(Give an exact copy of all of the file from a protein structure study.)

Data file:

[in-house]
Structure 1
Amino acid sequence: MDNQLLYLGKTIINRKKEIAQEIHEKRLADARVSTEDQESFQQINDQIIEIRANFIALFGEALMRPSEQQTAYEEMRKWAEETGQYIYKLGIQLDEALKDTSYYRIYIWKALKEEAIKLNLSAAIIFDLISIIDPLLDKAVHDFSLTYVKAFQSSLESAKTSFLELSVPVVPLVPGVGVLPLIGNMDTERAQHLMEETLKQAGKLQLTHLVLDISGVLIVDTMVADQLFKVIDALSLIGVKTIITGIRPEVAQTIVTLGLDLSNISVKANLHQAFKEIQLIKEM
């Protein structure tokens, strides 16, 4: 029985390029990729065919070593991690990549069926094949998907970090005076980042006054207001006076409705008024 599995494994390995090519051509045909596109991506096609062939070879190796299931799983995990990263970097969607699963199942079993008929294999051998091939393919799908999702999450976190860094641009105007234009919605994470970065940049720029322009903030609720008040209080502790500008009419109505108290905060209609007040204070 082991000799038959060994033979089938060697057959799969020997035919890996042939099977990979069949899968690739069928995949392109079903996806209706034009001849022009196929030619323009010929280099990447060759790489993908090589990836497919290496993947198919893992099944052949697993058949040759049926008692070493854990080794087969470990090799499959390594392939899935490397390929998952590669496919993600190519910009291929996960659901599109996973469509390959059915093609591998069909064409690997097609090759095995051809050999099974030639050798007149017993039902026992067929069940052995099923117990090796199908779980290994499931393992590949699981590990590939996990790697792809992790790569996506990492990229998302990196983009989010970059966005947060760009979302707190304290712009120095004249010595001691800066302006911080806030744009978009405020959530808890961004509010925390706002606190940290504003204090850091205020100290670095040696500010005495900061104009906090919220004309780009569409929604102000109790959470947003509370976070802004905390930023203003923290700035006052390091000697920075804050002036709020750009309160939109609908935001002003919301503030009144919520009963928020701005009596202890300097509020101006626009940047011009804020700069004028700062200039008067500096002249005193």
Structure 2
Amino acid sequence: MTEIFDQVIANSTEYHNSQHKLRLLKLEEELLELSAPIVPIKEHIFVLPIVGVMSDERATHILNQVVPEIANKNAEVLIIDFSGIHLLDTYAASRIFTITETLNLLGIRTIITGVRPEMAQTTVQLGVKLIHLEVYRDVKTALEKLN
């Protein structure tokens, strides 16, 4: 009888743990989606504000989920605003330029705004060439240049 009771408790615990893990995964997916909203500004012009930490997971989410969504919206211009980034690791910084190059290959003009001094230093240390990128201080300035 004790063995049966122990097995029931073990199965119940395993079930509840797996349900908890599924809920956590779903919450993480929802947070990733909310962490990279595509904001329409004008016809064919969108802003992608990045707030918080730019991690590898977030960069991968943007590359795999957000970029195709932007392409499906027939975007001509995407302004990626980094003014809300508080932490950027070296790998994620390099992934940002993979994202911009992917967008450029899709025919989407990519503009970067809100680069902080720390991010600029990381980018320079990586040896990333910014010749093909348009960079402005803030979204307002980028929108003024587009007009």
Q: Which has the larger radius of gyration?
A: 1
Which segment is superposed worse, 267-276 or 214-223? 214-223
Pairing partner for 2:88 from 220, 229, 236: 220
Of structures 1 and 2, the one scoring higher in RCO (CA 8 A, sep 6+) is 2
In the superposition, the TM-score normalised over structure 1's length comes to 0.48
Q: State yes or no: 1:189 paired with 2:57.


[in-house]
Structure 1
Amino acid sequence: MDNQLLYLGKTIINRKKEIAQEIHEKRLADARVSTEDQESFQQINDQIIEIRANFIALFGEALMRPSEQQTAYEEMRKWAEETGQYIYKLGIQLDEALKDTSYYRIYIWKALKEEAIKLNLSAAIIFDLISIIDPLLDKAVHDFSLTYVKAFQSSLESAKTSFLELSVPVVPLVPGVGVLPLIGNMDTERAQHLMEETLKQAGKLQLTHLVLDISGVLIVDTMVADQLFKVIDALSLIGVKTIITGIRPEVAQTIVTLGLDLSNISVKANLHQAFKEIQLIKEM
């Protein structure tokens, strides 16, 4: 029985390029990729065919070593991690990549069926094949998907970090005076980042006054207001006076409705008024 599995494994390995090519051509045909596109991506096609062939070879190796299931799983995990990263970097969607699963199942079993008929294999051998091939393919799908999702999450976190860094641009105007234009919605994470970065940049720029322009903030609720008040209080502790500008009419109505108290905060209609007040204070 082991000799038959060994033979089938060697057959799969020997035919890996042939099977990979069949899968690739069928995949392109079903996806209706034009001849022009196929030619323009010929280099990447060759790489993908090589990836497919290496993947198919893992099944052949697993058949040759049926008692070493854990080794087969470990090799499959390594392939899935490397390929998952590669496919993600190519910009291929996960659901599109996973469509390959059915093609591998069909064409690997097609090759095995051809050999099974030639050798007149017993039902026992067929069940052995099923117990090796199908779980290994499931393992590949699981590990590939996990790697792809992790790569996506990492990229998302990196983009989010970059966005947060760009979302707190304290712009120095004249010595001691800066302006911080806030744009978009405020959530808890961004509010925390706002606190940290504003204090850091205020100290670095040696500010005495900061104009906090919220004309780009569409929604102000109790959470947003509370976070802004905390930023203003923290700035006052390091000697920075804050002036709020750009309160939109609908935001002003919301503030009144919520009963928020701005009596202890300097509020101006626009940047011009804020700069004028700062200039008067500096002249005193």
Structure 2
Amino acid sequence: MTEIFDQVIANSTEYHNSQHKLRLLKLEEELLELSAPIVPIKEHIFVLPIVGVMSDERATHILNQVVPEIANKNAEVLIIDFSGIHLLDTYAASRIFTITETLNLLGIRTIITGVRPEMAQTTVQLGVKLIHLEVYRDVKTALEKLN
């Protein structure tokens, strides 16, 4: 009888743990989606504000989920605003330029705004060439240049 009771408790615990893990995964997916909203500004012009930490997971989410969504919206211009980034690791910084190059290959003009001094230093240390990128201080300035 004790063995049966122990097995029931073990199965119940395993079930509840797996349900908890599924809920956590779903919450993480929802947070990733909310962490990279595509904001329409004008016809064919969108802003992608990045707030918080730019991690590898977030960069991968943007590359795999957000970029195709932007392409499906027939975007001509995407302004990626980094003014809300508080932490950027070296790998994620390099992934940002993979994202911009992917967008450029899709025919989407990519503009970067809100680069902080720390991010600029990381980018320079990586040896990333910014010749093909348009960079402005803030979204307002980028929108003024587009007009």
Q: Which has the larger radius of gyration?
A: 1
Which segment is superposed worse, 267-276 or 214-223? 214-223
Pairing partner for 2:88 from 220, 229, 236: 220
Of structures 1 and 2, the one scoring higher in RCO (CA 8 A, sep 6+) is 2
In the superposition, the TM-score normalised over structure 1's length comes to 0.48
Q: State yes or no: 1:189 paired with 2:57.